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Non-familial intergenerational interventions and their impact on social and mental wellbeing of both younger and older people—A mapping review and evidence and gap map

Lookup NU author(s): Dr Fiona CampbellORCiD



This work is licensed under a Creative Commons Attribution 4.0 International License (CC BY 4.0).


© 2023 The Authors. Campbell Systematic Reviews published by John Wiley & Sons Ltd on behalf of The Campbell Collaboration. Background: Opportunities for social connection between generations in the UK have diminished over the last few decades because of changes in the way that we live and work. The decline in communal spaces such as libraries, youth clubs and community centres mean that there are fewer opportunities to meet and mix socially with other generations outside our own families. Increased working hours, improved technology, changes in family patterns, relationship breakdowns within families and migration are also believed to be contributory factors to generation segregation. There are many potential economic, social and political impacts of generations living separate and parallel lives, for example, higher health and social care costs, an undermining of trust between generations reduced social capital, a reliance on the media to form understanding of others’ viewpoints and higher levels of anxiety and loneliness. Intergenerational programmes and activities can take many forms and are delivered in many settings. Evidence suggests that intergenerational activity can have a positive impact on participants, for example, in reducing loneliness and exclusion for both older people and children and young people, improving mental health, increasing mutual understanding and addressing important issues such as ageism, housing and care. There are currently no other EGMs that exist that address this type of intervention; however, it would complement existing EGMs addressing child welfare. Objectives: To identify, appraise and bring together the evidence on the use of intergenerational practice, to answer the following specific research questions:. What is the volume, nature and diversity of research on, and evaluation of, intergenerational practice and learning? What approaches have been used to deliver intergenerational activities and programmes that may be relevant to providing such services during and in the subsequent recovery from the COVID-19 pandemic? What promising intergenerational activities and programmes have been developed and are being used but have not yet been subject to formal evaluation?. Search Methods: We searched MEDLINE (via OvidSp), EMBASE (via OvidSp), PsycINFO (via OvidSp), CINAHL (via EBSCOHost), Social Policy and Practice (via OvidSp), Health Management Information Consortium (via OvidSp), Ageline (via EBSCOhost), ASSIA (via ProQuest), Social Science Citations Index (via Web of Science), ERIC (via EBSCOhost), Community Care Inform Children, Research in Practice for Children, ChildData (via Social Policy and Practice), the Campbell Library, the Cochrane Database of Systematic Reviews and the CENTRAL database between 22 and 30 July 2021. We searched for additional grey literature via the Conference Proceedings Citation Index (via Web of Science) and ProQuest Dissertation & Theses Global and via relevant organisation websites, for example, Age UK, Age International, the Centre for Ageing Better, Barnado's, Children's Commission, UNICEF, Generations Working Together, the Intergenerational Foundation, Linking Generations and The Beth Johnson Foundation) and the Ottawa initiative called Older Adults and Students for Intergenerational support. Selection Criteria: Any intervention that brings older and younger people together with the purpose of interacting to achieve positive health and/or social and/or educational outcomes from any study design including systematic reviews, randomised controlled studies, observational studies, surveys and qualitative studies are included. The titles and abstracts, and later full texts, of records identified by the search methods were screened against inclusion criteria by two independent reviewers. Data Collection and Analysis: Data extraction was undertaken by one reviewer and checked by a second with any inconsistencies identified and resolved through discussion. The data extraction tool was developed on EPPI reviewer and was modified and tested through stakeholder and advisor consultation, and piloting of the process. The tool was informed by the research question and the structure of the map. We did not undertake quality appraisal of the included studies. Main Results: Our searches identified 12,056 references, after screening 500 research articles were included in the evidence gap map conducted across 27 countries. We identified 26 systematic reviews, 236 quantitative comparative studies (of which 38 were randomised controlled trials), 227 were qualitative studies (or had a qualitative element), 105 were observational studies (or had elements of observational methods) and 82 used a mixed methods approach. The outcomes reported in the research cover mental health (n = 73), physical health (n = 62), attainment and knowledge (n = 165), agency (n = 174), mental wellbeing (n = 224), loneliness and social isolation (n = 54), attitudes towards the other generation (n = 283), intergenerational interactions (n = 196), peer interactions (n = 30) and health promotion (n = 23) and including mutual outcomes such as the impact on community (n = 37) and perceptions on the sense of community (n = 43). Gaps in the evidence that were identified include: research that reports on mutual, societal and community outcomes of intergenerational interventions; more research on interventions classified as levels 1–4 and level 7 on the Intergenerational Engagement Scale, mental health, loneliness, social isolation, peer interactions, physical health and health promotion outcomes in children and young people; health promotion in older people; outcomes centred on care giver wellbeing, mental health and attitudes; economic outcomes; process outcomes and adverse or unexpected outcomes. Authors’ Conclusions: Whilst a substantional amount of research on intergenerational interventions has been identified in this EGM, as well as the gaps identified above, there is a need to explore promising interventions not yet formally evaluated. Research on this topic is gradually increasing, and systematic reviews will be important to determine how and why interventions are or are not beneficial. However, the primary research needs to build more cohesively so that the findings can be comparable and avoid research waste. The EGM presented here will nevertheless be a useful resource for decision-makers allowing them to explore the evidence with regard to the different interventions that may be relevant to their population needs and the settings or resources available to them.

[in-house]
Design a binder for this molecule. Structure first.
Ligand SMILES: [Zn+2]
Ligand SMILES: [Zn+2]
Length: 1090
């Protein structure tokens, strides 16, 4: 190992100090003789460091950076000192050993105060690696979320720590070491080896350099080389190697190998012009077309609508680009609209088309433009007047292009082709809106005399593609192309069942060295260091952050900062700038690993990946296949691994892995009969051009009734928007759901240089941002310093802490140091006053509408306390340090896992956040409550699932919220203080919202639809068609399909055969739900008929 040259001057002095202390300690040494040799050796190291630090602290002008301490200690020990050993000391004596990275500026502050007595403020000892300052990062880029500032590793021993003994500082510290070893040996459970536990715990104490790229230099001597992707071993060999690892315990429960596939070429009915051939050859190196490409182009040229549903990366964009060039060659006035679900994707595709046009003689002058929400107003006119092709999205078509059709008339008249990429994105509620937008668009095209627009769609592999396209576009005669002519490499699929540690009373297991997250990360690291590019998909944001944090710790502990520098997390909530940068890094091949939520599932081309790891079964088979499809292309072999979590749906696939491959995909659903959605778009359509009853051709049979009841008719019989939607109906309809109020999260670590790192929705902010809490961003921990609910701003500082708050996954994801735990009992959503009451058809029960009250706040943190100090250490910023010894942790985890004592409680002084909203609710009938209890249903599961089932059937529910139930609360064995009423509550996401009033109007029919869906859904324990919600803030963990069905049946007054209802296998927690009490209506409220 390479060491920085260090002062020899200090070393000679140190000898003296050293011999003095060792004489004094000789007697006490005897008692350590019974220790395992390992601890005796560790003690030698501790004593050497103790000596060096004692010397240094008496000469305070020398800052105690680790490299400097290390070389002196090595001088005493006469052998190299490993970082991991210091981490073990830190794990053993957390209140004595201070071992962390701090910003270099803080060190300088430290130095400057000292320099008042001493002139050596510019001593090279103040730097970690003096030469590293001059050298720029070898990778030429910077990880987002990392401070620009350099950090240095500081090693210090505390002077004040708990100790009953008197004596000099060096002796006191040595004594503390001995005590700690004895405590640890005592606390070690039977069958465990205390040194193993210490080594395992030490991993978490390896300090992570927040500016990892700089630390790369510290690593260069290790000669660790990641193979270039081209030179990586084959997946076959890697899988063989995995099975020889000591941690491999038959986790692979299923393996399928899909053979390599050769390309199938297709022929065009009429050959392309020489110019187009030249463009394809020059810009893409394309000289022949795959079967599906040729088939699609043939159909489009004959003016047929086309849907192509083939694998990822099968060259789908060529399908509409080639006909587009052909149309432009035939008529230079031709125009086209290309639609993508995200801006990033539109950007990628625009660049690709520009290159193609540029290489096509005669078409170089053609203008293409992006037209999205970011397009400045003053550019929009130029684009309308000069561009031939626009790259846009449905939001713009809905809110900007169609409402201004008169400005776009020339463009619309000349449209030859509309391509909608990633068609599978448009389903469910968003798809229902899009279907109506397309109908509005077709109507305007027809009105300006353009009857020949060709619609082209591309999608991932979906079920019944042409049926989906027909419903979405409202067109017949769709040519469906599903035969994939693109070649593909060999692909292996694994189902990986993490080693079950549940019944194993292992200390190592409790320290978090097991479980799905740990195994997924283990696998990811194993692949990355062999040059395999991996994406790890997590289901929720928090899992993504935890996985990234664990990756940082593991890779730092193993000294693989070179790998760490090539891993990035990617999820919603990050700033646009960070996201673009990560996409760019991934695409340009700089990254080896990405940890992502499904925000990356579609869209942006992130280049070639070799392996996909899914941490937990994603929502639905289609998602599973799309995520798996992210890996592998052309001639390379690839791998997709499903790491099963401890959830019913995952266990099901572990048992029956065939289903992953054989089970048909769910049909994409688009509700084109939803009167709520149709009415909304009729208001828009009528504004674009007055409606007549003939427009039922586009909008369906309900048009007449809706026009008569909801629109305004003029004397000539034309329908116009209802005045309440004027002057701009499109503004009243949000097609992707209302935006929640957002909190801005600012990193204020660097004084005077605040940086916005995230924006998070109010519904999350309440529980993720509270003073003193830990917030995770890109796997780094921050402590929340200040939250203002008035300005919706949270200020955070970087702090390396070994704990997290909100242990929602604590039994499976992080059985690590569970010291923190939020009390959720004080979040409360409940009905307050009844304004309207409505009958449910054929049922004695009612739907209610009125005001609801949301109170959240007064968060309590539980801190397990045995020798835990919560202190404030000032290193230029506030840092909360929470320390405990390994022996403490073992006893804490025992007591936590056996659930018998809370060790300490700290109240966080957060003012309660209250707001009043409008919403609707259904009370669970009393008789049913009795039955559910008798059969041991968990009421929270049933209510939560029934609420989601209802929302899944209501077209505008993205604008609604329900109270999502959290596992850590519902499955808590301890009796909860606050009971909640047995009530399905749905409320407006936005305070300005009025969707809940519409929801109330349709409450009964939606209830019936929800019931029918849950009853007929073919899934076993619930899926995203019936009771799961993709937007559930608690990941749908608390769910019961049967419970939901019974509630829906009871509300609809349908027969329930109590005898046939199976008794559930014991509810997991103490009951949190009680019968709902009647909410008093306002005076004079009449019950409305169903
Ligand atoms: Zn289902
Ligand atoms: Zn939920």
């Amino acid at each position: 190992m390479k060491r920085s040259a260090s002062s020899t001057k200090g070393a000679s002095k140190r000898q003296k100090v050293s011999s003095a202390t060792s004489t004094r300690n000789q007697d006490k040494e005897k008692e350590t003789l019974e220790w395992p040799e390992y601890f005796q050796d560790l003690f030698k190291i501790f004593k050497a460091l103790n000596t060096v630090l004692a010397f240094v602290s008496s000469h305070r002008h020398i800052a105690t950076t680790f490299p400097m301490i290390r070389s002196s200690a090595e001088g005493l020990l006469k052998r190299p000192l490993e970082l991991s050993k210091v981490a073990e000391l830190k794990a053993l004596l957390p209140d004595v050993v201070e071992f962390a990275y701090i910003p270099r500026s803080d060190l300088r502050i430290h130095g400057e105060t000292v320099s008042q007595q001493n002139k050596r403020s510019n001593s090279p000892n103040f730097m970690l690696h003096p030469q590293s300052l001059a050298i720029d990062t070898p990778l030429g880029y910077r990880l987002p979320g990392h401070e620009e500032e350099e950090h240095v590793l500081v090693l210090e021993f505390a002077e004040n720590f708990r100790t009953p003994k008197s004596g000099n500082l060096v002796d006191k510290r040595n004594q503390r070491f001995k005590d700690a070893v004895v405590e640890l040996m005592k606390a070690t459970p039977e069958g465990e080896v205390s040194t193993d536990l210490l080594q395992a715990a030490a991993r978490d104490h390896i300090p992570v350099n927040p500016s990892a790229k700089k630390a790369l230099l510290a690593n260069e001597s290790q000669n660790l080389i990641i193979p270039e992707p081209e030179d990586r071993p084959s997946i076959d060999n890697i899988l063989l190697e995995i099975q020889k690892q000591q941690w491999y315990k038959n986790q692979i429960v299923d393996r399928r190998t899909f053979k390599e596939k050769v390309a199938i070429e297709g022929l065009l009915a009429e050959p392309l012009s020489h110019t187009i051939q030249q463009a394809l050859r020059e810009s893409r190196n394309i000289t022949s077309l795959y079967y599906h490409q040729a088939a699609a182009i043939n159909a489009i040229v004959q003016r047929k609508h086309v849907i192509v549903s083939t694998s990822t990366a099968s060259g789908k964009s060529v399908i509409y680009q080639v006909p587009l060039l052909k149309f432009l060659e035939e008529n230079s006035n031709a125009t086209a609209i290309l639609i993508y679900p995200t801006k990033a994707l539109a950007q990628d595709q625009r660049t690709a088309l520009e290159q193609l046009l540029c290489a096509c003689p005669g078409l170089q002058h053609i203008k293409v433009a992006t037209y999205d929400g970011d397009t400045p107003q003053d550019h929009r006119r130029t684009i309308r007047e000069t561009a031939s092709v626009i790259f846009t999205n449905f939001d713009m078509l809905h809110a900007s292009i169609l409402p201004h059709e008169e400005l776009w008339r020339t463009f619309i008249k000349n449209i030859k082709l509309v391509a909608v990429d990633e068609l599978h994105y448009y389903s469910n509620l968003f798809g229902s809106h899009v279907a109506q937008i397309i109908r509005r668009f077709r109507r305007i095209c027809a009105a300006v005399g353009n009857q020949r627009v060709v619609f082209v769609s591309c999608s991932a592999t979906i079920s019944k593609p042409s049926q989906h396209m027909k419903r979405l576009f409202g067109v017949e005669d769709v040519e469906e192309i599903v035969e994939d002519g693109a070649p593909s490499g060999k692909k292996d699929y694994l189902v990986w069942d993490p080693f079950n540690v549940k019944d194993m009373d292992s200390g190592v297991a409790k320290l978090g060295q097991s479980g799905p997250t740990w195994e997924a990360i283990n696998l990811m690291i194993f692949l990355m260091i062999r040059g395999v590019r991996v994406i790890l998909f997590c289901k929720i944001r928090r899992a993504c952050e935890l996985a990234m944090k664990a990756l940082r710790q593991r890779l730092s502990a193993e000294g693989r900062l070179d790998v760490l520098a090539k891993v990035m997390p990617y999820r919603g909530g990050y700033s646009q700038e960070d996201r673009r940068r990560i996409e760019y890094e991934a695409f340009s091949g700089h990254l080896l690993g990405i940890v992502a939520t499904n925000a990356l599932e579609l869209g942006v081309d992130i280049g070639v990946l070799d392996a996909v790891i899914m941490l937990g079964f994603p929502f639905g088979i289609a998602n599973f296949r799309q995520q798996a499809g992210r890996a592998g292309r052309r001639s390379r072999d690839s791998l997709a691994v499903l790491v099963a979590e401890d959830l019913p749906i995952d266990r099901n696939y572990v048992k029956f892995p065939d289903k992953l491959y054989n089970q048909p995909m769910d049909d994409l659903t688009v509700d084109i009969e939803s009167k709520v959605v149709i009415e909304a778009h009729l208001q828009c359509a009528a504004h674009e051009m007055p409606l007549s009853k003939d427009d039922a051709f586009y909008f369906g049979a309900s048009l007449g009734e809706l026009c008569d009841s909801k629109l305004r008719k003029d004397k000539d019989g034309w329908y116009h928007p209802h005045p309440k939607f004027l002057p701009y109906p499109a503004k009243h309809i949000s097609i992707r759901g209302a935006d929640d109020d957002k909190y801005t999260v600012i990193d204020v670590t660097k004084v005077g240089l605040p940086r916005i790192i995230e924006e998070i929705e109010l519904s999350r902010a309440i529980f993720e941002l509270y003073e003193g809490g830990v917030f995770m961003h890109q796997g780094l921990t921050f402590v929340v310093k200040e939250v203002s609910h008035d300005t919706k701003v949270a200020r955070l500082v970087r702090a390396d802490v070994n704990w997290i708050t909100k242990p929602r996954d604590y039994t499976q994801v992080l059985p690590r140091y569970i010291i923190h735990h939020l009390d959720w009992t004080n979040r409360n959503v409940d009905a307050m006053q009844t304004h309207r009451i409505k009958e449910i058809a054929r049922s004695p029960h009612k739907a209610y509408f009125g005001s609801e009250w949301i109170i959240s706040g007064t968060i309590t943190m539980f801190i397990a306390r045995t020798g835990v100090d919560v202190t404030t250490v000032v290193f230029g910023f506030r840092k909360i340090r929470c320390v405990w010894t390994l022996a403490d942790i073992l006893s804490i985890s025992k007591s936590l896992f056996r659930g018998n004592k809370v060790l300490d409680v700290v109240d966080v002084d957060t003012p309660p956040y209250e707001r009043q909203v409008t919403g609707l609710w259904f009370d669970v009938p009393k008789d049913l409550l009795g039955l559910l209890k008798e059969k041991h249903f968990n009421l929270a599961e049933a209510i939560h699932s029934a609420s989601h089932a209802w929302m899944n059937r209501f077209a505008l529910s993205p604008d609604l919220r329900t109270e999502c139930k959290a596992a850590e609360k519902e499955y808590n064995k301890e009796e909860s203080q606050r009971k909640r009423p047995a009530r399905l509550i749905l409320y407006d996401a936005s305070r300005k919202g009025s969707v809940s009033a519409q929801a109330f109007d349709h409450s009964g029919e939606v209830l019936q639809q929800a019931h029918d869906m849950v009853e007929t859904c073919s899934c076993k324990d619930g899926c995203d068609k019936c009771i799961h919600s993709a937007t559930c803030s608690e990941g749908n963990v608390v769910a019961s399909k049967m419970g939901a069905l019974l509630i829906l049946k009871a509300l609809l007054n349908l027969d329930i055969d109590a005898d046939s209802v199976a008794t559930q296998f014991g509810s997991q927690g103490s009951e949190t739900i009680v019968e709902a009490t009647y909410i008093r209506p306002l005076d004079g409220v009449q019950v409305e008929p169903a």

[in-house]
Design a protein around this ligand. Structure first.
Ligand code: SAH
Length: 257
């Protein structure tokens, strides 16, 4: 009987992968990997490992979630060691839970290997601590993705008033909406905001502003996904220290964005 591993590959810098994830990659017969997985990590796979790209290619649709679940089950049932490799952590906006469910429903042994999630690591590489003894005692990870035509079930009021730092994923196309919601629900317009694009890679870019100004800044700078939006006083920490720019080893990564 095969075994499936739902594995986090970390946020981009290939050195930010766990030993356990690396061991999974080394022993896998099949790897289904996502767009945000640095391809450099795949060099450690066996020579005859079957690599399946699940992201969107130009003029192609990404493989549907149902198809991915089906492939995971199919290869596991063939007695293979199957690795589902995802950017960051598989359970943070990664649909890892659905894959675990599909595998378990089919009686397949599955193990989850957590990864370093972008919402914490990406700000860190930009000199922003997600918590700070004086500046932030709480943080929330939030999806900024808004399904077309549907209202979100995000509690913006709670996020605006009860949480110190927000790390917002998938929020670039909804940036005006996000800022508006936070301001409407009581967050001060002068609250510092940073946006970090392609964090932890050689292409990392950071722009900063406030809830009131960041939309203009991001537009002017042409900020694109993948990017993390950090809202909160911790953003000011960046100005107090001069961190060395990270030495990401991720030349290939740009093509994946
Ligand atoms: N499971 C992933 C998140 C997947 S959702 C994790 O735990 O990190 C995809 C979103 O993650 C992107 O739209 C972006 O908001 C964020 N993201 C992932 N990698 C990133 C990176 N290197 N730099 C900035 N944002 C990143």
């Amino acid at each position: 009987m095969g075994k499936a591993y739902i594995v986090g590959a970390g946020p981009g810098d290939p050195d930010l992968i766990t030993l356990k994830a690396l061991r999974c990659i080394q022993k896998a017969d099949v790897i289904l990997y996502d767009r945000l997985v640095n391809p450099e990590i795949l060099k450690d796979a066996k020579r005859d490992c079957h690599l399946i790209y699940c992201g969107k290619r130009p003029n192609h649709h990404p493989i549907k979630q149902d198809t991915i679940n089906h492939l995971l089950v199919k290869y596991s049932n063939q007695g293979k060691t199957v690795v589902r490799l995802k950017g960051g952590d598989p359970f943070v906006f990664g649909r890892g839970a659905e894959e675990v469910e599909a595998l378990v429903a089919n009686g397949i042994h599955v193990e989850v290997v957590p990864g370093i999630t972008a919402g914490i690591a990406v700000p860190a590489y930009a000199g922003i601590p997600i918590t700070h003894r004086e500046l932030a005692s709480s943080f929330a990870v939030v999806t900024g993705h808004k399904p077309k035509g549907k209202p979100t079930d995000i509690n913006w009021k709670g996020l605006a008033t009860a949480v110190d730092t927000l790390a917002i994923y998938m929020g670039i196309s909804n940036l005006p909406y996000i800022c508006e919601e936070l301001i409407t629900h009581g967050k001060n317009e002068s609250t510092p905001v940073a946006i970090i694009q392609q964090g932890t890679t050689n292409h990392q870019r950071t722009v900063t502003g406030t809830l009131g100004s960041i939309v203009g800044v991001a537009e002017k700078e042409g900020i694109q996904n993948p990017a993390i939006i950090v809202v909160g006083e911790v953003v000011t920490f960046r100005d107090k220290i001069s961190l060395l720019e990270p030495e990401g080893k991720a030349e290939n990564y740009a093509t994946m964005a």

Publication metadata

Author(s): Campbell F, Whear R, Rogers M, Sutton A, Robinson-Carter E, Barlow J, Sharpe R, Cohen S, Wolstenholme L, Thompson-Coon J

Publication type: Article

Publication status: Published

Journal: Campbell Systematic Reviews

Year: 2023

Volume: 19

Issue: 1

Print publication date: 01/03/2023

Online publication date: 16/02/2023

Acceptance date: 02/04/2022

Date deposited: 05/04/2023

ISSN (electronic): 1891-1803

Publisher: John Wiley and Sons Inc.


DOI: 10.1002/cl2.1306


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Funder referenceFunder name
NIHR 133097
NIHR 133172